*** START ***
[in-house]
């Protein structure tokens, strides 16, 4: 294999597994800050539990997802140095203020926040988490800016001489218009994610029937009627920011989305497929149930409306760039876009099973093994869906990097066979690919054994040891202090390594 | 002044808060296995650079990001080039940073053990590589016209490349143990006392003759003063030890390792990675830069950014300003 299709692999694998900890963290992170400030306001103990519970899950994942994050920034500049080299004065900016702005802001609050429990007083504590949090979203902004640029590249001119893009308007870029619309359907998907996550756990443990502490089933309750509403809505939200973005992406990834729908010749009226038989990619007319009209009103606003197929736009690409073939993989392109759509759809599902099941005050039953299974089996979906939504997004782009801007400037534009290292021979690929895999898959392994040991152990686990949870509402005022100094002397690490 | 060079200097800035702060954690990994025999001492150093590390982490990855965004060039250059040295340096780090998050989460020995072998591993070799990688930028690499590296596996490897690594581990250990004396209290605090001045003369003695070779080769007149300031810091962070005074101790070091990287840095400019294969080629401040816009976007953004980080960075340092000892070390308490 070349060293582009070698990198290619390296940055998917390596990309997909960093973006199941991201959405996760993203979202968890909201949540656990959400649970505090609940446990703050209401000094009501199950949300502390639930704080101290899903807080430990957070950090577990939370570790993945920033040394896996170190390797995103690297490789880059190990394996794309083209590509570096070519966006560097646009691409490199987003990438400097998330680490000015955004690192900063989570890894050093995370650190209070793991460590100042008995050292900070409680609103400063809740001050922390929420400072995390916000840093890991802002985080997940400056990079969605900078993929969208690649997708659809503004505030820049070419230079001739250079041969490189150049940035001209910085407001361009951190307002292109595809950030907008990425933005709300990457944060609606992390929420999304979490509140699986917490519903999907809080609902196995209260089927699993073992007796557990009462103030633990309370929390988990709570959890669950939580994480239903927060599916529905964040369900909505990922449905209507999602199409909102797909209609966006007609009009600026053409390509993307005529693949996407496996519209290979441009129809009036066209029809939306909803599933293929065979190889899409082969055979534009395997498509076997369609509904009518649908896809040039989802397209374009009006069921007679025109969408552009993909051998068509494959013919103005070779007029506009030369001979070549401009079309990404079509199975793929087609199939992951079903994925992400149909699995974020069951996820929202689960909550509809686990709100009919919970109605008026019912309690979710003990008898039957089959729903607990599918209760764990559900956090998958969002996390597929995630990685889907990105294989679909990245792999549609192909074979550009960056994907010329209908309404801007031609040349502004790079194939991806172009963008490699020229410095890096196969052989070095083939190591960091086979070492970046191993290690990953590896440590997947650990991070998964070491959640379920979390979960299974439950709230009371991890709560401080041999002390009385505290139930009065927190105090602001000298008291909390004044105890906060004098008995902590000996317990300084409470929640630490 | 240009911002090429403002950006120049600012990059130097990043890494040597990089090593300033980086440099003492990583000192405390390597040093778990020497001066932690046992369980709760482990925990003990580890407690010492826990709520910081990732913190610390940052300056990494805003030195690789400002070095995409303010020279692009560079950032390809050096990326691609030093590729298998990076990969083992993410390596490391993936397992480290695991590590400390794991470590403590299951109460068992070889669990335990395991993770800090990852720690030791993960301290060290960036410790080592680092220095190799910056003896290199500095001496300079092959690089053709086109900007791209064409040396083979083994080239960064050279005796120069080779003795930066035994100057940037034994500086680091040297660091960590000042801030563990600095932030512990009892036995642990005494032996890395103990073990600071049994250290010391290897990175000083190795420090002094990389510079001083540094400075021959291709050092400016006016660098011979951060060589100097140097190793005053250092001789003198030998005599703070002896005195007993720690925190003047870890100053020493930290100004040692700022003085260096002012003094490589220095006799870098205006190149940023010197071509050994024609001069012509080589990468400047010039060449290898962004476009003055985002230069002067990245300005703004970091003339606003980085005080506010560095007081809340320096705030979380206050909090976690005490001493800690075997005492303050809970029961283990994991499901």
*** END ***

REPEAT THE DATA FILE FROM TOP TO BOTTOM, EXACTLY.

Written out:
[in-house]
């Protein structure tokens, strides 16, 4: 294999597994800050539990997802140095203020926040988490800016001489218009994610029937009627920011989305497929149930409306760039876009099973093994869906990097066979690919054994040891202090390594 | 002044808060296995650079990001080039940073053990590589016209490349143990006392003759003063030890390792990675830069950014300003 299709692999694998900890963290992170400030306001103990519970899950994942994050920034500049080299004065900016702005802001609050429990007083504590949090979203902004640029590249001119893009308007870029619309359907998907996550756990443990502490089933309750509403809505939200973005992406990834729908010749009226038989990619007319009209009103606003197929736009690409073939993989392109759509759809599902099941005050039953299974089996979906939504997004782009801007400037534009290292021979690929895999898959392994040991152990686990949870509402005022100094002397690490 | 060079200097800035702060954690990994025999001492150093590390982490990855965004060039250059040295340096780090998050989460020995072998591993070799990688930028690499590296596996490897690594581990250990004396209290605090001045003369003695070779080769007149300031810091962070005074101790070091990287840095400019294969080629401040816009976007953004980080960075340092000892070390308490 070349060293582009070698990198290619390296940055998917390596990309997909960093973006199941991201959405996760993203979202968890909201949540656990959400649970505090609940446990703050209401000094009501199950949300502390639930704080101290899903807080430990957070950090577990939370570790993945920033040394896996170190390797995103690297490789880059190990394996794309083209590509570096070519966006560097646009691409490199987003990438400097998330680490000015955004690192900063989570890894050093995370650190209070793991460590100042008995050292900070409680609103400063809740001050922390929420400072995390916000840093890991802002985080997940400056990079969605900078993929969208690649997708659809503004505030820049070419230079001739250079041969490189150049940035001209910085407001361009951190307002292109595809950030907008990425933005709300990457944060609606992390929420999304979490509140699986917490519903999907809080609902196995209260089927699993073992007796557990009462103030633990309370929390988990709570959890669950939580994480239903927060599916529905964040369900909505990922449905209507999602199409909102797909209609966006007609009009600026053409390509993307005529693949996407496996519209290979441009129809009036066209029809939306909803599933293929065979190889899409082969055979534009395997498509076997369609509904009518649908896809040039989802397209374009009006069921007679025109969408552009993909051998068509494959013919103005070779007029506009030369001979070549401009079309990404079509199975793929087609199939992951079903994925992400149909699995974020069951996820929202689960909550509809686990709100009919919970109605008026019912309690979710003990008898039957089959729903607990599918209760764990559900956090998958969002996390597929995630990685889907990105294989679909990245792999549609192909074979550009960056994907010329209908309404801007031609040349502004790079194939991806172009963008490699020229410095890096196969052989070095083939190591960091086979070492970046191993290690990953590896440590997947650990991070998964070491959640379920979390979960299974439950709230009371991890709560401080041999002390009385505290139930009065927190105090602001000298008291909390004044105890906060004098008995902590000996317990300084409470929640630490 | 240009911002090429403002950006120049600012990059130097990043890494040597990089090593300033980086440099003492990583000192405390390597040093778990020497001066932690046992369980709760482990925990003990580890407690010492826990709520910081990732913190610390940052300056990494805003030195690789400002070095995409303010020279692009560079950032390809050096990326691609030093590729298998990076990969083992993410390596490391993936397992480290695991590590400390794991470590403590299951109460068992070889669990335990395991993770800090990852720690030791993960301290060290960036410790080592680092220095190799910056003896290199500095001496300079092959690089053709086109900007791209064409040396083979083994080239960064050279005796120069080779003795930066035994100057940037034994500086680091040297660091960590000042801030563990600095932030512990009892036995642990005494032996890395103990073990600071049994250290010391290897990175000083190795420090002094990389510079001083540094400075021959291709050092400016006016660098011979951060060589100097140097190793005053250092001789003198030998005599703070002896005195007993720690925190003047870890100053020493930290100004040692700022003085260096002012003094490589220095006799870098205006190149940023010197071509050994024609001069012509080589990468400047010039060449290898962004476009003055985002230069002067990245300005703004970091003339606003980085005080506010560095007081809340320096705030979380206050909090976690005490001493800690075997005492303050809970029961283990994991499901």